Pentagon's alphabet now has three C's.

The military hardware most important in deterring - or, should deterrence fail, in fighting - a nuclear war may not be an MX missile, a B-1 bomber, a Trident submarine, or even all of them in concert.

It's more likely to be a complex maze of black boxes, antennas, computers, radars, and satellites designed to make all of this strategic weaponry work as advertised.

Tucked within Pentagon documents and, most recently, this week's report of the special commission on MX basing is the assertion that America's primary military concern must be this command, control, and communications system, dubbed C3 for short.

''Our first defense priority should be to ensure that there is continuing, constitutionally legitimate, and full control of our strategic forces under conditions of stress or actual attack,'' states the report of the Commission on Strategic Forces, which presented its recommendations to President Reagan Monday.

In a related development, the Pentagon Tuesday announced new proposals to improve superpower communications during times of crisis. These include addition of a high-speed facsimile capability to the Direct Communications Link (''hot line''), permitting transmission of full pages of text as well as maps and graphs; the establishment of high-speed communications between the US National Military Command Center and its Soviet counterpart; and faster data transmission on existing diplomatic communications channels.

The President is expected to act on these recommendations within the next few weeks.

Despite the strengthening of such peaceful means of communication, however, US officials want to upgrade weapons communications links as well. This means preventing an attacker from blacking out command and control systems in a first strike and ensuring that the systems work if a nuclear war begins. Continuing actions of the Carter administration, Reagan officials are stressing C3 modernization. Annual Pentagon spending for strategic communications jumped nearly 60 percent this year over 1982, and will nearly triple (to more than $1 billion) by 1985. Procurement of new systems alone will jump more than 10-fold during the same period.

C3 systems are important for any military power, but especially so for the US. This country has three-quarters of its strategic forces in submarines and airplanes, which have longer and more vulnerable C3 links. The Soviet Union has three-fourths of its strategic warheads on land-based missiles, making direct control simpler to maintain.

There is an important political part of this equation, too. If the White House is to get the strategic modernization it wants, it must be able to show nuclear freeze advocates that the US is not moving toward a ''launch on warning'' doctrine. Many defense experts argue that such a doctrine lowers the nuclear threshold. To reassure freeze supporters, the President must give them some guarantee that the Pentagon can control its nuclear weapons during times of stress, not launch missiles except in retaliation for an actual attack, and be able to recall bombers.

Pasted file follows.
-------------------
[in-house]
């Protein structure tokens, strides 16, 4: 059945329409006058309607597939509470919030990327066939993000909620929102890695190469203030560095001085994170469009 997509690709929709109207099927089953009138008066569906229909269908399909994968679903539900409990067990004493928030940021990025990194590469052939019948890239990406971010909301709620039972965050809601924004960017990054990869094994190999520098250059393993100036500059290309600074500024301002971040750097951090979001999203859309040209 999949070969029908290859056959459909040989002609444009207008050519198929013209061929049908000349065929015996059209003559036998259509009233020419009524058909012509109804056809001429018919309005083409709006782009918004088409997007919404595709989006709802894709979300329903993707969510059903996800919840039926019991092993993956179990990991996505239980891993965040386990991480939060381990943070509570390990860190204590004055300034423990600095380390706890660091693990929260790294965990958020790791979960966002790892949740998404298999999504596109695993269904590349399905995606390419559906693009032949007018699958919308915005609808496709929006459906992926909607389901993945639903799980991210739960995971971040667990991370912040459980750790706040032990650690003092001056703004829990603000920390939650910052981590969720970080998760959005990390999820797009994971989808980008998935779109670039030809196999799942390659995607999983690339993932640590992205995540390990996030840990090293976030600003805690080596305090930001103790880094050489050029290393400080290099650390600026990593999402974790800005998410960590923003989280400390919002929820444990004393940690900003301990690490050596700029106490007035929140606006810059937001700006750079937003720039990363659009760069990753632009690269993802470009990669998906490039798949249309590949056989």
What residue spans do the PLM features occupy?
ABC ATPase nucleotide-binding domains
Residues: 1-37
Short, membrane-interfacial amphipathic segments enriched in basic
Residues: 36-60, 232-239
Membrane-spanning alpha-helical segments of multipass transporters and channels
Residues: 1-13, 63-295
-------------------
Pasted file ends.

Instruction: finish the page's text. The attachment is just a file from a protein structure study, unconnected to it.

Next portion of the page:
This political aspect is important as well in theater nuclear forces, where any appearance of a hair-trigger or inadvertent launch must be avoided to convince European allies that they should accept placement of new cruise and Pershing II missiles on their soil.

Improved command, control, and communications facilities also are important for NATO's new emphasis on conventional deterrence. This envisions an ''electronic battlefield'' in which the allies take advantage of their technological advantage to offset the Soviet edge in tanks, aircraft, and other weapons by counterattacking enemy forces behind the line of engagement with very accurate long-range conventional munitions. This strategy relies on ''real time'' (immediate) intelligence data and weapons control.

Improving command and control facilities is featured in the Pentagon's classified five-year Defense Guidance as well as in public budget documents and congressional testimony. This directs the military services to integrate plans for using strategic, theater, and battlefield nuclear weapons, which will require modernized C3 systems. It also calls for plans to disable the Soviet command and control structure if necessary.

There is little argument in Congress or among strategic experts that upgraded systems of this kind are needed.

''Obviously, you ought to try to protect your command, control, and communications,'' said Paul Warnke, chief SALT II negotiator and former director of the Arms Control and Disarmament Agency. At the same time, he cautions, with a clearly superior C3 system ''you might eventually convince yourself that you can fight a limited or protracted nuclear war.''

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